Asger is a bad cop – we don’t know this yet, but can assume from context – forced, along with his supervisor, to a desk job working emergency phones until a little matter gets cleared up. He catches a kidnapping case (which nobody else on the overnight shift seems as excited about) and does a bunch of things wrong (some also illegal) trying in earnest to help the woman caller who has been abducted by her ex husband, leaving their two kids home alone.
The whole movie is confined to a call center, the second half in a private room after Asger decides he doesn’t want coworkers listening in, so it’s a one-man show with little visual flair. Asger eventually discovers she’s being taken to a psych hospital because she just stabbed one of their children to death, but she escapes and is gonna jump off a bridge, and it’s his fault, so he monologues about his own crime, essentially confessing to murder in front of a bunch of cops. Mostly I bought the kidnapping twists, but I’m not sure about this ending.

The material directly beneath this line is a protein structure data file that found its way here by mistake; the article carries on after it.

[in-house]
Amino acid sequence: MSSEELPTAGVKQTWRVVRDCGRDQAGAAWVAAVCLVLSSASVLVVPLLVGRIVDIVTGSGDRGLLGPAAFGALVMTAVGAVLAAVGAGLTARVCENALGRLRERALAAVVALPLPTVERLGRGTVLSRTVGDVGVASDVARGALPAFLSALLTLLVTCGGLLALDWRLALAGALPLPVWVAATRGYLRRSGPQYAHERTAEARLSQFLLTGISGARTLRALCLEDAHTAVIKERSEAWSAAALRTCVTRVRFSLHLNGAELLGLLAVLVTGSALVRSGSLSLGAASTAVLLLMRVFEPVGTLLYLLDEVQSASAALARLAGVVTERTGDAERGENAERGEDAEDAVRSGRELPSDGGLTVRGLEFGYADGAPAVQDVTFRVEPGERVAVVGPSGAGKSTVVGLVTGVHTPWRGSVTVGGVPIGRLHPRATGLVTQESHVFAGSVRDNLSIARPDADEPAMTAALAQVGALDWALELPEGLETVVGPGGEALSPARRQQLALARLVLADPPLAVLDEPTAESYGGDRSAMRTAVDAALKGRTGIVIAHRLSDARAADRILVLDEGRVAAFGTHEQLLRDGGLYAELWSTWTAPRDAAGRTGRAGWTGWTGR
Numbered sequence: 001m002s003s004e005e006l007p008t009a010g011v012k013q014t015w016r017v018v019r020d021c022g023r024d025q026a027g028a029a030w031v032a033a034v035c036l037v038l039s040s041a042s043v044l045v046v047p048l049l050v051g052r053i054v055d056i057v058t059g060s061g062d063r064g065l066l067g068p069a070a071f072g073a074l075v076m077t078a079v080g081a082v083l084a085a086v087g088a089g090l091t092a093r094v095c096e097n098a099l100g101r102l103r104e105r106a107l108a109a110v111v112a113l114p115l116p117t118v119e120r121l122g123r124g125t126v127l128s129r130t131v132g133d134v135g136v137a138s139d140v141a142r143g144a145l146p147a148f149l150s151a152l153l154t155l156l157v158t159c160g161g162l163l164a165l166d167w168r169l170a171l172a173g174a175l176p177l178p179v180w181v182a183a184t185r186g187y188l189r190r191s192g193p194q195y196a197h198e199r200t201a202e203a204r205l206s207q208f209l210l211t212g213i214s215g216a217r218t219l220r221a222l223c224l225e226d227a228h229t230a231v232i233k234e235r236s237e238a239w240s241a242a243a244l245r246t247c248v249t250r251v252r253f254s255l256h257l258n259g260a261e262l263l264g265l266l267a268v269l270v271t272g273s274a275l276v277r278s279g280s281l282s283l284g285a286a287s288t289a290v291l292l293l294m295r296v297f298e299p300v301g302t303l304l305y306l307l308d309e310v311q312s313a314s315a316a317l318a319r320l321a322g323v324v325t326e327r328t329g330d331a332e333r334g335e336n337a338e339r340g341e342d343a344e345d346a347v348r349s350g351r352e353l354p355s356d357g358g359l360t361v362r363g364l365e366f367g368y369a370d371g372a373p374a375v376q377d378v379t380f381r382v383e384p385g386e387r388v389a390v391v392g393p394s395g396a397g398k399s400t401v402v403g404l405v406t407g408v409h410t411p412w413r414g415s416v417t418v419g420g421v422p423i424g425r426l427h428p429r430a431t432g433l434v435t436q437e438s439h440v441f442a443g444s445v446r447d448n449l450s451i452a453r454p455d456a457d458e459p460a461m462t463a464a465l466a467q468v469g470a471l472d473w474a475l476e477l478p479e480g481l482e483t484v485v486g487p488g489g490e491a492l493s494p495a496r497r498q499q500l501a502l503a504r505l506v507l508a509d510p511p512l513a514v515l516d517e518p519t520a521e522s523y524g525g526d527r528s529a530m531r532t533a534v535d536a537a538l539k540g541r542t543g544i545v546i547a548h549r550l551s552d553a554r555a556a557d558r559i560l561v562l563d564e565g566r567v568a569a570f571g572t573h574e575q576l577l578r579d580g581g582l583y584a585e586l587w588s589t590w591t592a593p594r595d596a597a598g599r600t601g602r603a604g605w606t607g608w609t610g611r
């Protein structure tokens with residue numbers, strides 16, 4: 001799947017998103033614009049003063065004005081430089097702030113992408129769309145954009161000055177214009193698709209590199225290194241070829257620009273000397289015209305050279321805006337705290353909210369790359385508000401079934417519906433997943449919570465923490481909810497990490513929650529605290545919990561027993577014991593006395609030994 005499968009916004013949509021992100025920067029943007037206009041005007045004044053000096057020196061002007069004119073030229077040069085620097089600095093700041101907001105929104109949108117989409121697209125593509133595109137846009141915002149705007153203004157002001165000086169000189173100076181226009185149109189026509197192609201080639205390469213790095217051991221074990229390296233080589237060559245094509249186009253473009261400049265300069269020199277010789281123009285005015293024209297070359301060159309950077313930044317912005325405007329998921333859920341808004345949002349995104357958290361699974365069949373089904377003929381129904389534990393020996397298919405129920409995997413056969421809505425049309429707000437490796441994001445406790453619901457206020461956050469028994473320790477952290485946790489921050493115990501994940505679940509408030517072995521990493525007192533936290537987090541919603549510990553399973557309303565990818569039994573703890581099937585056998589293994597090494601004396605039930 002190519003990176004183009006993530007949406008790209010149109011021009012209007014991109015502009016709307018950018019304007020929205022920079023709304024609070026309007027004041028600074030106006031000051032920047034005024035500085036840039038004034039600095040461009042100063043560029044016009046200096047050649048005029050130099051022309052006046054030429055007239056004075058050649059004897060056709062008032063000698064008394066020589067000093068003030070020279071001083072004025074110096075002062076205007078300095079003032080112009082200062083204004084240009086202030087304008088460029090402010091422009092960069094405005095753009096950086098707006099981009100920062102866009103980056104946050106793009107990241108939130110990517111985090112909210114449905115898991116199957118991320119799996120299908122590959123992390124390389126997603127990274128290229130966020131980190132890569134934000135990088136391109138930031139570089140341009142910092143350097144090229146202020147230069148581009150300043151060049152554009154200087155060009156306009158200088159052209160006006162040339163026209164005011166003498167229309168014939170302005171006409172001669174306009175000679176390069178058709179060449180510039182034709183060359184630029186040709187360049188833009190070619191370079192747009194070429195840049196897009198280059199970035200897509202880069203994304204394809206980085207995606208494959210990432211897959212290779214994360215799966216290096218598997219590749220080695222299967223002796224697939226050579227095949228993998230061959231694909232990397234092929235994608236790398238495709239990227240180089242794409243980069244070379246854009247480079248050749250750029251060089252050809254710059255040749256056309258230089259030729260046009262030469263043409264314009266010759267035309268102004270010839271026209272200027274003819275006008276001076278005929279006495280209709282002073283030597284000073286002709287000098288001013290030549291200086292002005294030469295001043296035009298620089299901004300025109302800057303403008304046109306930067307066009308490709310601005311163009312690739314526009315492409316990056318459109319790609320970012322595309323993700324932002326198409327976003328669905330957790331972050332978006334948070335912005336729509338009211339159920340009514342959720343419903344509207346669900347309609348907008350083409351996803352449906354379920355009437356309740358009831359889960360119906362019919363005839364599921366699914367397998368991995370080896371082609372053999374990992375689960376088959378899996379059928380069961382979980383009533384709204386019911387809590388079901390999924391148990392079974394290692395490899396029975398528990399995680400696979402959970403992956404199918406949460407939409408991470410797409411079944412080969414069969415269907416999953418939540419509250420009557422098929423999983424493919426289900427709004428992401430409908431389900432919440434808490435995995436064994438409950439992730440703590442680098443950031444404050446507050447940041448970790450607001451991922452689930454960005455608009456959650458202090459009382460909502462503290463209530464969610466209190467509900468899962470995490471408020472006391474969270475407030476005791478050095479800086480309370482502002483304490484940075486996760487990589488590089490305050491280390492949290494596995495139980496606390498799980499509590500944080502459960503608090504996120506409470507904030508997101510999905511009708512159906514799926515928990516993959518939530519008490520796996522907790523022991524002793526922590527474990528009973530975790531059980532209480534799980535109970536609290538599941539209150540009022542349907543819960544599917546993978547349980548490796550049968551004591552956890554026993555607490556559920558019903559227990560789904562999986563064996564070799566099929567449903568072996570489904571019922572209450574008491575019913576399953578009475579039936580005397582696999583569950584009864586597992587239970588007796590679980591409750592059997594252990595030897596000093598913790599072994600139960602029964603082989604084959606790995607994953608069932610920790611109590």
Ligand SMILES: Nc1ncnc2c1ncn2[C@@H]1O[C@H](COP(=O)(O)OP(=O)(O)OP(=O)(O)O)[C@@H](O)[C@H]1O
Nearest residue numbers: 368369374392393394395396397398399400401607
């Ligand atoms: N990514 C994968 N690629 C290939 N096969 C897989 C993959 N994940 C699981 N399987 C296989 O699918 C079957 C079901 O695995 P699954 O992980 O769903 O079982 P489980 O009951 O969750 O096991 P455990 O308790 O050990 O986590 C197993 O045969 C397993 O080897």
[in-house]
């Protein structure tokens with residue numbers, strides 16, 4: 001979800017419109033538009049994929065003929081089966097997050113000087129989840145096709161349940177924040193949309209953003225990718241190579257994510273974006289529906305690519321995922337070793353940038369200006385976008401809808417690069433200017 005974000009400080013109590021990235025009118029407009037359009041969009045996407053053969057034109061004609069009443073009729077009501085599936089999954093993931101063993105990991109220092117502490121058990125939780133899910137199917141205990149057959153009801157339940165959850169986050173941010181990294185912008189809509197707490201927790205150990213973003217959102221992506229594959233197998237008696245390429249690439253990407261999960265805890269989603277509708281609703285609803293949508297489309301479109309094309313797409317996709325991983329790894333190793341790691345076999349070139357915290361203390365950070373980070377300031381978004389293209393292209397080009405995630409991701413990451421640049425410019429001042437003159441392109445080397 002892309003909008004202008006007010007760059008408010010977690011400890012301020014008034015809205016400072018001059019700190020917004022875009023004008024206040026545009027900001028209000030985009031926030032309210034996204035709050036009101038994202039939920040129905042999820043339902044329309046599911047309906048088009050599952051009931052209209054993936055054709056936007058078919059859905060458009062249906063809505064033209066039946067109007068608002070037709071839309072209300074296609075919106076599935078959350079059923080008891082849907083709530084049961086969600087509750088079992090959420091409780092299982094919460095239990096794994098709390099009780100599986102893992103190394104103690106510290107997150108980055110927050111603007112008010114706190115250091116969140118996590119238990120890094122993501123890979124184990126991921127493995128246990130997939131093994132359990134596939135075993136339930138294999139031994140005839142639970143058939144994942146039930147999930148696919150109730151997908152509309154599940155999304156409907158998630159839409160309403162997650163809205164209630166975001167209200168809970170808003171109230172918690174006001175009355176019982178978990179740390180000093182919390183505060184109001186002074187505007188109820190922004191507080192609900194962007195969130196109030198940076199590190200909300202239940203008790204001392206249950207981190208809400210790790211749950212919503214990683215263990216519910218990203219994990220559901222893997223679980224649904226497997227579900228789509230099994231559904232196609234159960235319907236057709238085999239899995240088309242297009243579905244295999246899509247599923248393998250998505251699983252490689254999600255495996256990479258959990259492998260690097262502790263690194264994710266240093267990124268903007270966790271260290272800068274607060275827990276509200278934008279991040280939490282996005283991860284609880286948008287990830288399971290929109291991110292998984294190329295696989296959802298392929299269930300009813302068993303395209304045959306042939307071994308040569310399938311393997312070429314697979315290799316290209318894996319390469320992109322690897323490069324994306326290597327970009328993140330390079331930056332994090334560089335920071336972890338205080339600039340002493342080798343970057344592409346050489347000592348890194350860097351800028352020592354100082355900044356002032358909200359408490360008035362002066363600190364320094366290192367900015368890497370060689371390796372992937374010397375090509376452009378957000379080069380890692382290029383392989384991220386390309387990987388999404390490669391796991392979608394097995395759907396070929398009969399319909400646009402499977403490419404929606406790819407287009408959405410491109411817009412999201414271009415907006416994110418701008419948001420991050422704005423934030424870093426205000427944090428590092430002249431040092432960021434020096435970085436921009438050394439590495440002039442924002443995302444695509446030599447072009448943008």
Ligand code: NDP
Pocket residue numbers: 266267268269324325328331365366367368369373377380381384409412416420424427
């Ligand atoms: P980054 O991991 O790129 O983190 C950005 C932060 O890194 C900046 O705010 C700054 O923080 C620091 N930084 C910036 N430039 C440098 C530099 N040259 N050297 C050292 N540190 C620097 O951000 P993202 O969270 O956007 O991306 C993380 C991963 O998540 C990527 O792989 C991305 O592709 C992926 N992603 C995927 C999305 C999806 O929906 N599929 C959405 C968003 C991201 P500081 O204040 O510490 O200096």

Won the audience award at Sundance last year in the world drama competition along with Pity, Rust, and a bunch I still haven’t heard anything about. This is MÃ¶ller’s feature debut, after a short which was also about a woman in a psych hospital. The movie is Danish, but Asger is Swede Jakob Cedergren. The day after watching, I learned about the Jodie Foster remake starring Jake Gyllenhaal.